WHITE PLAINS, N.Y. – Marie Bourdain was one of more than 80 people who signed up at City Hall to comment at the public hearing for the environmental impact of the proposed French American School of New York’s (FASNY) campus in White Plains. She was one of many who left before their name was called because of the long wait.
Hundreds of supporters, many wearing green shirts reading, “Yes,” and detractors, many wearing red buttons reading, “Stop FASNY Now,” crammed into White Plains City Hall’s first and second floors Wednesday night. A television was set up outside the council chambers and a projector in the lobby to allow everyone to watch on closed circuit-TV the public hearing, which is the first of two. A second will be held Oct. 17.
FASNY’s proposal to enroll 1,200 students in the three-school 45-acre campus on the 129-acre former Ridgeway Golf Course would exacerbate traffic, overburden the sewage system and ruin the character of the neighborhood, according to members of the Gedney neighborhood association.
The school has said the remaining 84 acres would become a “Green to Green Conservancy” that would have a permanent easement. FASNY would maintain it at cost to the school, and would include trails open to the public 365 days a year. Mischa Zabotin, chair of the FASNY Board of Trustees, said the conservancy, which represents 85 percent of the total property, amounts to a gift from FASNY to the city.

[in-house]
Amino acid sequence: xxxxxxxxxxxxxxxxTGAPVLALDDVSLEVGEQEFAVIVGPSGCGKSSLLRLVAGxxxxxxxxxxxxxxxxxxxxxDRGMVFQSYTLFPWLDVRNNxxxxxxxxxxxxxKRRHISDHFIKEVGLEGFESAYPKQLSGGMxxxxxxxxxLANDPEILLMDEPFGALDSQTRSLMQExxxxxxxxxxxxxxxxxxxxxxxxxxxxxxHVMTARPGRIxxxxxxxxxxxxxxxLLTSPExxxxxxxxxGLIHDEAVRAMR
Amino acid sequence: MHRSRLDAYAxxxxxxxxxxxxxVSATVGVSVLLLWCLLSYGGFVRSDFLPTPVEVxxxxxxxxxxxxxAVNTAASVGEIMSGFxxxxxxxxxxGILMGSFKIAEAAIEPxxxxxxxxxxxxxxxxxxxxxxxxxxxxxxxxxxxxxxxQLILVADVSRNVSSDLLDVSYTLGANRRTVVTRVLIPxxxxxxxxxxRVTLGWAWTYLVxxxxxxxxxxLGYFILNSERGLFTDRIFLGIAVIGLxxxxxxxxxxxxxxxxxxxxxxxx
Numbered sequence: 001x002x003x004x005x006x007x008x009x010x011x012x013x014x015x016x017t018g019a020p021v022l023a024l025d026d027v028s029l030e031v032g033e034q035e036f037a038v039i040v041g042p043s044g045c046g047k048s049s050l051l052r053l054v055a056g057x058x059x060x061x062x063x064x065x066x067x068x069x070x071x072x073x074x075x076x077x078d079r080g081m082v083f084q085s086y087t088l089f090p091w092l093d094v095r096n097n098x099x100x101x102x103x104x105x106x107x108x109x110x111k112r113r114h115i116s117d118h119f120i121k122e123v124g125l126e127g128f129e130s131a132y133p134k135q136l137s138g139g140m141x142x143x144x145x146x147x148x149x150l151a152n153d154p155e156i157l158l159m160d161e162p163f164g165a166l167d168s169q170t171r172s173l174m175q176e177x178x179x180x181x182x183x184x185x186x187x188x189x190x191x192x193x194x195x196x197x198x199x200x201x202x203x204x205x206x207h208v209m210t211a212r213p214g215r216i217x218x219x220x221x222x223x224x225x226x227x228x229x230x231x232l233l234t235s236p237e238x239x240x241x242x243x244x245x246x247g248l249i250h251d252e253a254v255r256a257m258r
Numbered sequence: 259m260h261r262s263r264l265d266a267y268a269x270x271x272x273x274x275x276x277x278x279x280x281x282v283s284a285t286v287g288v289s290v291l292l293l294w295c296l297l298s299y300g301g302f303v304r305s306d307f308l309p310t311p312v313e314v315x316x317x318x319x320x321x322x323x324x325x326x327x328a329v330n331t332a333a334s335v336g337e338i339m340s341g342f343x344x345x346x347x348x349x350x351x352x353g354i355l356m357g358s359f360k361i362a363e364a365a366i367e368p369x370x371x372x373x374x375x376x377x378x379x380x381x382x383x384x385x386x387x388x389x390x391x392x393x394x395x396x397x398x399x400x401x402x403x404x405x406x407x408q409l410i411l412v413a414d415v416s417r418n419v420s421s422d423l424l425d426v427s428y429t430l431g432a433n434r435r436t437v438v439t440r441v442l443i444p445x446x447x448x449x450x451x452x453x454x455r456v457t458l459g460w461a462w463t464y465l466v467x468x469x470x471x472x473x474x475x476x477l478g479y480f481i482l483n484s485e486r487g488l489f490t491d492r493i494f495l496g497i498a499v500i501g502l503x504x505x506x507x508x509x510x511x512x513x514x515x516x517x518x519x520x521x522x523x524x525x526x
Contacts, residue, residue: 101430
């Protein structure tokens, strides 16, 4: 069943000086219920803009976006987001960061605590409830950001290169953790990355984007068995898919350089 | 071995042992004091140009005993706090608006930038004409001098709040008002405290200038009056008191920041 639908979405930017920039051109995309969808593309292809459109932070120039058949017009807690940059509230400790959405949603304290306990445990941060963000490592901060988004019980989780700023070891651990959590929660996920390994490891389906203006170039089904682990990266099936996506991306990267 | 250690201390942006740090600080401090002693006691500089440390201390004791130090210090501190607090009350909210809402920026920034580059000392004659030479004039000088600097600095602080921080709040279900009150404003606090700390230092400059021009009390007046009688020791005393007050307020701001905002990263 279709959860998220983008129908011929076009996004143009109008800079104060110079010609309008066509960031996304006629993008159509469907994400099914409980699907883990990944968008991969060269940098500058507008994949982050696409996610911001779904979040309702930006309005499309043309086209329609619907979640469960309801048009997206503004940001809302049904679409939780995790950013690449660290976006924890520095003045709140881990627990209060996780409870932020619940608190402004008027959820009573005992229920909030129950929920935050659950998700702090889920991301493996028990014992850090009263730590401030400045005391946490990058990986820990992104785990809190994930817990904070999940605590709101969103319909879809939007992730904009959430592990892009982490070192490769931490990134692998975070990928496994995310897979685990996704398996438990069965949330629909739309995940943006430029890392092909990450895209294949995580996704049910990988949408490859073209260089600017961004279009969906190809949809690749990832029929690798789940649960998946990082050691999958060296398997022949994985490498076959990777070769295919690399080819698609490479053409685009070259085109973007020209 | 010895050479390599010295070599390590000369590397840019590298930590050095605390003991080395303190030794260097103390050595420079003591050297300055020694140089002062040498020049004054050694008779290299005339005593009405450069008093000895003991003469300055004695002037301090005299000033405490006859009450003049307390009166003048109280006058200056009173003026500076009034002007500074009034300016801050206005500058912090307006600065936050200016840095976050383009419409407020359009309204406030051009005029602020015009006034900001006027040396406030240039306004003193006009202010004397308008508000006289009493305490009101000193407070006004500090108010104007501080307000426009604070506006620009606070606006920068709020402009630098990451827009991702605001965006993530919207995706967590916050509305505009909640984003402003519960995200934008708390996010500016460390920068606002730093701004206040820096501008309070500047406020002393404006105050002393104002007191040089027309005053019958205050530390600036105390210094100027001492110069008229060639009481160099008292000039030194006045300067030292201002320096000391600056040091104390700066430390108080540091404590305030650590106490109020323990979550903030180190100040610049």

Gedney Association President Terence Guerriere said his group members would make the bulk of their comments at the Oct. 17 public hearing.
“Gedney Farms is a significant portion of White Plains and always has been, and the school is going to change the environment dramatically,” said Jack Weiner, who has lived in the Gedney Farms neighborhood for 41 years with his wife Berta.
Like Weiner, many residents expressed concern about how 1,200 students and 225 staff members coming and going every day would impact the flow of traffic. Michael Zarin, a lawyer for the school, said FASNY has done several traffic studies and that it can minimize its impact on traffic.
Howard Hawkins disagreed, saying a narrow and winding two-lane street like Ridgeway Avenue isn’t appropriate to handle the additional traffic of a school.
The school bought the former Ridgeway Golf Club in January 2011, then applied for a special permit from the city to operate a school, which the area is not zoned for. If approved, FASNY would begin a 10-year, $60 million to $80 million construction of its new campus, which school officials have said would create 500 construction jobs.
Residents opposed to the plan also expressed concern that FASNY is exempt from paying taxes and has already drained money from the city through property and sales taxes. Zarin said that would amount to approximately $287,000 per year, or $5 added onto homeowners’ property taxes. School officials have said FASNY would pump $14 million into the local economy once opened, which Zarin said, “would more than offset that amount.”
Bourdain, a kindergarten teacher for FASNY’s pre-school in Scarsdale, said the campus would attract many families with children in the schools to move to White Plains, including herself.
“I think it would be a good opportunity for White Plains,” said Bourdain, whose 6-year-old daughter attends the FASNY pre-school.
The common council has been accepting written comments since it accepted FASNY’s draft environmental impacts statement as complete at its Aug. 6 meeting. Public comments will be accepted in writing through Oct. 29 at 5 p.m.